Education Secretary Michael Gove has thrown his weight behind plans for a new free school in North Croydon.

The Conservative MP backed proposals for a secondary school shaped jointly by parents and charity the Harris Federation, which already runs three academies, and sponsors three other schools in the borough.

During a visit to Harris Academy South Norwood on Tuesday he dismissed fears that further expansion of the Harris brand, which is affiliated with 29 London schools in total, could deprive Croydon families of choice.

Mr Gove said: "The Harris academies are undoubtedly the biggest force for social progress and social mobility in the whole of the south of London.

"For those people who think the Harris ethos isn’t for them, of course there are other schools which they can send their children to and it’s in the nature of Croydon that you have lots of schools close at hand. There is enough choice locally for people who are not keen on sending their children to a Harris school.

"But the Harris chain of academies has been hugely popular because it has provided parents with what they want."

The Harris Federation currently runs academies in Crystal Palace, Purley and South Norwood.

It has also sponsored Archbishop Tenison's High School, Cypress Junior School and All Saints Junior School, but has no direct relationship with these schools.

The Education Secretary also argued academies could help to offset the impact of cuts to supplementary education on ethnic minority children.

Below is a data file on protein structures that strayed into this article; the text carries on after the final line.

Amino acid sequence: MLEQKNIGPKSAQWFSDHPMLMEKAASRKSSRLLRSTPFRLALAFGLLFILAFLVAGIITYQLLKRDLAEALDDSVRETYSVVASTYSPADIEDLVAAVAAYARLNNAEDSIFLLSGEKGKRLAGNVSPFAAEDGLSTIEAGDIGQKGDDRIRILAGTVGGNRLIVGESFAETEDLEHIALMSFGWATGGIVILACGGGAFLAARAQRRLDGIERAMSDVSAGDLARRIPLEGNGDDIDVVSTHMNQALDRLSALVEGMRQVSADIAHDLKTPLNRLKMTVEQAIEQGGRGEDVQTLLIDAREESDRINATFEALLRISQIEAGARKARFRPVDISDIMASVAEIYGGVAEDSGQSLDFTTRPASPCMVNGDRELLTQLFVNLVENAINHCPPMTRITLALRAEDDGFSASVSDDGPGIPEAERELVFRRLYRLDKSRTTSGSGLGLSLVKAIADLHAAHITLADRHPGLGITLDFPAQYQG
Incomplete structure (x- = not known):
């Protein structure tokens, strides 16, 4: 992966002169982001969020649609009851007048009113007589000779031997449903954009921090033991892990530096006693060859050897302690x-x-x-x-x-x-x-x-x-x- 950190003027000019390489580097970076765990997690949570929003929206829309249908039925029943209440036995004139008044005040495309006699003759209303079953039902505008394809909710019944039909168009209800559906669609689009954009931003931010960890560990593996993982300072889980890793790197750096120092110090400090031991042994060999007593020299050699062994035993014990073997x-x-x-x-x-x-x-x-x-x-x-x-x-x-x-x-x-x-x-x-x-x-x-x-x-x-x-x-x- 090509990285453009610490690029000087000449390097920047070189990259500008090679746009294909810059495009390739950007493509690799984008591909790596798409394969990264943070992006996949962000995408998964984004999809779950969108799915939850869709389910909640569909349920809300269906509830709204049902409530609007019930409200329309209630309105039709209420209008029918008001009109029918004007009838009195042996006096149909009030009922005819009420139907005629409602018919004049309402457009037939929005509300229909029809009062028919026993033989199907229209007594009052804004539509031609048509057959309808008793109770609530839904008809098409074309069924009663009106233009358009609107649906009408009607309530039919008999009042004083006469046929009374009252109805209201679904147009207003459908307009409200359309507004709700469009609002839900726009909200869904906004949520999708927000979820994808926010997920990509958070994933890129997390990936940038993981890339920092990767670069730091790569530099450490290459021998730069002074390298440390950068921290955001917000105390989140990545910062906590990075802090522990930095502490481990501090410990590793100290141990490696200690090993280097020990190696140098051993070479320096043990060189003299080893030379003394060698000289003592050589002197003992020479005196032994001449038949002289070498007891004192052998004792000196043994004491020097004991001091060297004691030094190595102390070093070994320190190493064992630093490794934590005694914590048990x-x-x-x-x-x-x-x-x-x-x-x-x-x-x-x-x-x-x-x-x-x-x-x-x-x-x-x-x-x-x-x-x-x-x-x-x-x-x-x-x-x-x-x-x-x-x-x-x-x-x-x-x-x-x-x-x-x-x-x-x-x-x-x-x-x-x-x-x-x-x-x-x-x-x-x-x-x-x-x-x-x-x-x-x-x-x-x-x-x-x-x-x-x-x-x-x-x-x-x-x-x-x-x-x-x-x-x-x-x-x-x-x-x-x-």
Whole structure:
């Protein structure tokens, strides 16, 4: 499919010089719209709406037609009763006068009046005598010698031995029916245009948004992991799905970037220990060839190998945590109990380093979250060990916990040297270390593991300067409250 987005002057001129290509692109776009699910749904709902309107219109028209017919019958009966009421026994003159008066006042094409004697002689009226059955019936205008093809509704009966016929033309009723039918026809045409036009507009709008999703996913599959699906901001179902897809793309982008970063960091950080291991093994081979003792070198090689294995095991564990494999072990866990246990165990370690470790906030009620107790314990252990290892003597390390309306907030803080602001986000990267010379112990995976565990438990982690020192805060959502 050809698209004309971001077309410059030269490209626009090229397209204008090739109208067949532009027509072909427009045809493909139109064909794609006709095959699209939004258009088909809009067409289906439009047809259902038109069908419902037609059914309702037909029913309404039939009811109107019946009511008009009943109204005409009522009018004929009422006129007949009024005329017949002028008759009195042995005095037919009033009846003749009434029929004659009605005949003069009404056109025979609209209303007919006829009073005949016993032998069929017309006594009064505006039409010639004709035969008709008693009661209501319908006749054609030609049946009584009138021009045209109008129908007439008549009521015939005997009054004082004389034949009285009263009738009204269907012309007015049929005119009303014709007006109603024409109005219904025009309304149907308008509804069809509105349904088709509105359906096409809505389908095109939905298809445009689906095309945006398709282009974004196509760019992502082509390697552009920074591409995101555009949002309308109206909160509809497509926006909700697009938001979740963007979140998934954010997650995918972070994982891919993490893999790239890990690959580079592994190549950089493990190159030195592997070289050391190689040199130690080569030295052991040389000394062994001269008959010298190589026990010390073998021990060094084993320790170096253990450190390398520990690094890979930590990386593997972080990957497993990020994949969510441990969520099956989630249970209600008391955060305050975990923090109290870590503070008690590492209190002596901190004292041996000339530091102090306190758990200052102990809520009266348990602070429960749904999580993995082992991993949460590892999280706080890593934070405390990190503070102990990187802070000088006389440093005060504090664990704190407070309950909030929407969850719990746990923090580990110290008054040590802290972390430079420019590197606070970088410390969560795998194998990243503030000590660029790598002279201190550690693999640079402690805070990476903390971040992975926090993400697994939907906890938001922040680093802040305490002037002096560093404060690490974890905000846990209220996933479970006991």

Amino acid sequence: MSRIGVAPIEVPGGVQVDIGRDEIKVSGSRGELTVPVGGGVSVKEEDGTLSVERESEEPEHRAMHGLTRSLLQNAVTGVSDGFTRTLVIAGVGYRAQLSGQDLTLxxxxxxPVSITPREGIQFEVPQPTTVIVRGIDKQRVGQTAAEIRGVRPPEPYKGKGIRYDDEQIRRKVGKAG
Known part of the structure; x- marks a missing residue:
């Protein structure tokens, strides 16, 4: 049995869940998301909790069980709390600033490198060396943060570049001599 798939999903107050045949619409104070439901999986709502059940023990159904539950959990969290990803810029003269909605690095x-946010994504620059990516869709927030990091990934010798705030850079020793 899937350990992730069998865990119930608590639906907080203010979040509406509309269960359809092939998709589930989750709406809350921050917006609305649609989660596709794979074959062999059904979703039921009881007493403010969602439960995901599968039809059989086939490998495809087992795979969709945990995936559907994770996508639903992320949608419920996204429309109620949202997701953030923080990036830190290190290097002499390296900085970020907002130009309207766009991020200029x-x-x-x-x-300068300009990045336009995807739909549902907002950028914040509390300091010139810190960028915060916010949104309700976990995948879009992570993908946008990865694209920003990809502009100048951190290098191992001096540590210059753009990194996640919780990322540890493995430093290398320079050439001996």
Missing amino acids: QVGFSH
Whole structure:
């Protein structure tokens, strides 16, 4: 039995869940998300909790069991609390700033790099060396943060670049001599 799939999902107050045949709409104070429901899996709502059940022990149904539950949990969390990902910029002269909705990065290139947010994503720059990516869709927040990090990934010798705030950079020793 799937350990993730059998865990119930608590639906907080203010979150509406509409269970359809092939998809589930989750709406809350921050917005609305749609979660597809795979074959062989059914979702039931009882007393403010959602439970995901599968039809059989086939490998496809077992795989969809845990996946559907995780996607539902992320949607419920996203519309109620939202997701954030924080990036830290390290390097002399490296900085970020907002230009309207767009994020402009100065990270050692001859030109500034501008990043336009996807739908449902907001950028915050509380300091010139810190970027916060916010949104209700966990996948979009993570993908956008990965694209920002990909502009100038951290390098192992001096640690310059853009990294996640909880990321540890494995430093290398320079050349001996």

Croydon councillors last month voted against a review of its decision to cut funding for several black and minority education organisations.

Mr Gove said: "Ethnic minority children have had a raw deal because it has often been the case that they have suffered from a culture of low expectation.

"What you have in the best schools are opportunities for black and ethnic minority children to succeed academically and that is supported by a rich mix of supplementary and extracurricular activities as well."

He also said that Croydon authorities "can't afford to rule anything out" as they look to address a shortfall in primary school places.

He said: "We’ve got to do everything we can and that means working with local authorities like Croydon to identify sites where new schools might be built and to ensure that existing capacity can be better utilised so that existing schools can either develop larger classes or consider expansion."

There were 274 more applications than available primary places during the last application period.